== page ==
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"Not Waving but Drowning"

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by

Carol Poleth

on 16 August 2014

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Transcript of "Not Waving but Drowning"

"Not Waving but Drowning"
By: Stevie Smith

Poem Annotation
Title: "Not Waving but Drowning"
Author: Stevie Smith
Era: 1950’s
Literary Movement: Modernism
Country: England
Theme: Social commentary/critique, Persistence
Evidence: "It must have been too cold for him his heart gave way/ They said" (7-8).
Repetition of "Not waving but drowning".
Tone: Depressive, gloomy, reflective
Evidence: "(Still the dead one lay moaning)" (10).
Mood: Sorrowful, regretful
Evidence: "I was much further out than you thought" (3).
Historical Background
She was Britain's darkest poet.
She passed through a deep phase of depression, when she wrote this poem.
She had masculine traits.
While she was young, her father left to the North Sea Patrol.
She had a lot of trouble in getting her work published.
Overall Summary
He is misconceived by society even when he gives signs of help.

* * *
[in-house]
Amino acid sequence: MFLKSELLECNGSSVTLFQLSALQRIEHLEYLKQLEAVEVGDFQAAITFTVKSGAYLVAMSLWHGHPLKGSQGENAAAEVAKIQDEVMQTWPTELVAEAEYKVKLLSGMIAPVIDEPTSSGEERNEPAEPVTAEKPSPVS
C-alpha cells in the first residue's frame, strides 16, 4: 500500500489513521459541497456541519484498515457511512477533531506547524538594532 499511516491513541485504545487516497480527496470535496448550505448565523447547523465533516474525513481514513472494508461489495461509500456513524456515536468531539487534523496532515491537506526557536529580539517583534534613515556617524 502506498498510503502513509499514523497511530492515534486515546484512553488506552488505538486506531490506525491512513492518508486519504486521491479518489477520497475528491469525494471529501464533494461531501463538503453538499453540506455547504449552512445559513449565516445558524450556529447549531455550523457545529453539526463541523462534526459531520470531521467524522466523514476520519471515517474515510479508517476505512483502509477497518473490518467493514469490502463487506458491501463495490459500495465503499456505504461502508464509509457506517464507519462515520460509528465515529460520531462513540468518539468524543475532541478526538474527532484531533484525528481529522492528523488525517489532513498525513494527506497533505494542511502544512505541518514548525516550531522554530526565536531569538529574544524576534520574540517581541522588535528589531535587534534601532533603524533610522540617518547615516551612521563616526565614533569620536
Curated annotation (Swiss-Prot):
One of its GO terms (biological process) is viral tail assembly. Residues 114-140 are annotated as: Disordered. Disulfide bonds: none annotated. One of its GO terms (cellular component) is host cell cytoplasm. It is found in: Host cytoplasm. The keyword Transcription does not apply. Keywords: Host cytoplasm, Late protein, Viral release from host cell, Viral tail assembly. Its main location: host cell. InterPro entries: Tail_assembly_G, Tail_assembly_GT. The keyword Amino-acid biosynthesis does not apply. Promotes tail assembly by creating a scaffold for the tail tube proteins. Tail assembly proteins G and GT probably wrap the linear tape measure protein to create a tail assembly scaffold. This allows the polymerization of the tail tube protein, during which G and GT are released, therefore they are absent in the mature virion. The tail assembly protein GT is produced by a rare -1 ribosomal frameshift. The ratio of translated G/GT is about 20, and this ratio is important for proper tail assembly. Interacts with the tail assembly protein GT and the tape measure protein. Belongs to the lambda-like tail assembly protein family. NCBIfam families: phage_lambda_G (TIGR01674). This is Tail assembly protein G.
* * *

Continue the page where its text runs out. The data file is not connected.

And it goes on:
People still don’t see that something is wrong with him.
Everyone thinks he is okay but he’s actually hurting inside.
They think he was not strong enough to handle moments of indifference but in actuality he has always been excluded.

Not Waving but Drowning

Nobody heard him, the dead man,
But still he lay moaning:
I was much further out than you thought
And not waving but drowning.

Poor chap, he always loved larking
And now he's dead
It must have been too cold for him his heart gave way,
They said.

Oh, no no no, it was too cold always
(Still the dead one lay moaning)
I was much too far out all my life
And not waving but drowning.
Poetry Reading
Poem Paraphrasing
Lines 1-2:
There was no one who listened, to the dead man,
yet, even when dying he was still trying, by saying:

Lines 3-4:
I was a lot more lost than what you thought
I wasn't being nice, I was asking for help

Lines 5-6:
Poor man, he always loved enjoying himself
And now he is forever absent

Lines 7-8:
There must have been not enough sympathy towards him that his heart gave up
They stated.

Lines 9-10:
No! Actually, there wasn't sympathy at all my whole life
(The dead man still had something to say)

Lines 11-12:
I was so excluded all my existence
Certainly not having the time of my life, but rather claiming for aid
Figurative Language:
Repetition:
“Oh, no no no…” (9).
“And not waving but drowning” (4) (12).
Hyperbole:
“I was much too far out all my life” (11).
Metaphor:
“And not waving but drowning” (4) (12).
Images:
“cold”, “moaning” (Also repetitive).
Alliteration:
“Poor chap, he always loved larking” (5).
By:
Carolina P. Gonzalez-Arias
Alonso
Rick
Justin
Full transcript